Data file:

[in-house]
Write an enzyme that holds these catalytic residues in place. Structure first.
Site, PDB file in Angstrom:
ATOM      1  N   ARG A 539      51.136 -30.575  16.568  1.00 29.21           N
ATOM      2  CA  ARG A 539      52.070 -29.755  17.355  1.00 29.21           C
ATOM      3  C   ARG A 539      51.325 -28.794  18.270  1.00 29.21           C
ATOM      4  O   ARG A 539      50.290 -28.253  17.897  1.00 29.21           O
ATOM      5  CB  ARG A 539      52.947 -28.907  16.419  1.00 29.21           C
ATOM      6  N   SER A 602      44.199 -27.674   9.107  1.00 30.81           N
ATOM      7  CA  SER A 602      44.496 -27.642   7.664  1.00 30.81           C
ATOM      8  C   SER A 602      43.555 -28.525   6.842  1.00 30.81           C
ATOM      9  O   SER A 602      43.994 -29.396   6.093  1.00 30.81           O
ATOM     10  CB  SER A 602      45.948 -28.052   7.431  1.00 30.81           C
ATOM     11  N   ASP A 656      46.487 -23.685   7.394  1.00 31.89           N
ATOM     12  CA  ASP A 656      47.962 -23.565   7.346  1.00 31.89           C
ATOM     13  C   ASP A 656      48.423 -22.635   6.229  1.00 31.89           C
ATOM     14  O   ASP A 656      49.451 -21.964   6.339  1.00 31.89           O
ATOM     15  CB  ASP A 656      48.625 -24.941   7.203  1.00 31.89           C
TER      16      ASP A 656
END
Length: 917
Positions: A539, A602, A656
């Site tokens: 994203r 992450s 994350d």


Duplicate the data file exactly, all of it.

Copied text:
[in-house]
Write an enzyme that holds these catalytic residues in place. Structure first.
Site, PDB file in Angstrom:
ATOM      1  N   ARG A 539      51.136 -30.575  16.568  1.00 29.21           N
ATOM      2  CA  ARG A 539      52.070 -29.755  17.355  1.00 29.21           C
ATOM      3  C   ARG A 539      51.325 -28.794  18.270  1.00 29.21           C
ATOM      4  O   ARG A 539      50.290 -28.253  17.897  1.00 29.21           O
ATOM      5  CB  ARG A 539      52.947 -28.907  16.419  1.00 29.21           C
ATOM      6  N   SER A 602      44.199 -27.674   9.107  1.00 30.81           N
ATOM      7  CA  SER A 602      44.496 -27.642   7.664  1.00 30.81           C
ATOM      8  C   SER A 602      43.555 -28.525   6.842  1.00 30.81           C
ATOM      9  O   SER A 602      43.994 -29.396   6.093  1.00 30.81           O
ATOM     10  CB  SER A 602      45.948 -28.052   7.431  1.00 30.81           C
ATOM     11  N   ASP A 656      46.487 -23.685   7.394  1.00 31.89           N
ATOM     12  CA  ASP A 656      47.962 -23.565   7.346  1.00 31.89           C
ATOM     13  C   ASP A 656      48.423 -22.635   6.229  1.00 31.89           C
ATOM     14  O   ASP A 656      49.451 -21.964   6.339  1.00 31.89           O
ATOM     15  CB  ASP A 656      48.625 -24.941   7.203  1.00 31.89           C
TER      16      ASP A 656
END
Length: 917
Positions: A539, A602, A656
């Site tokens: 994203r 992450s 994350d």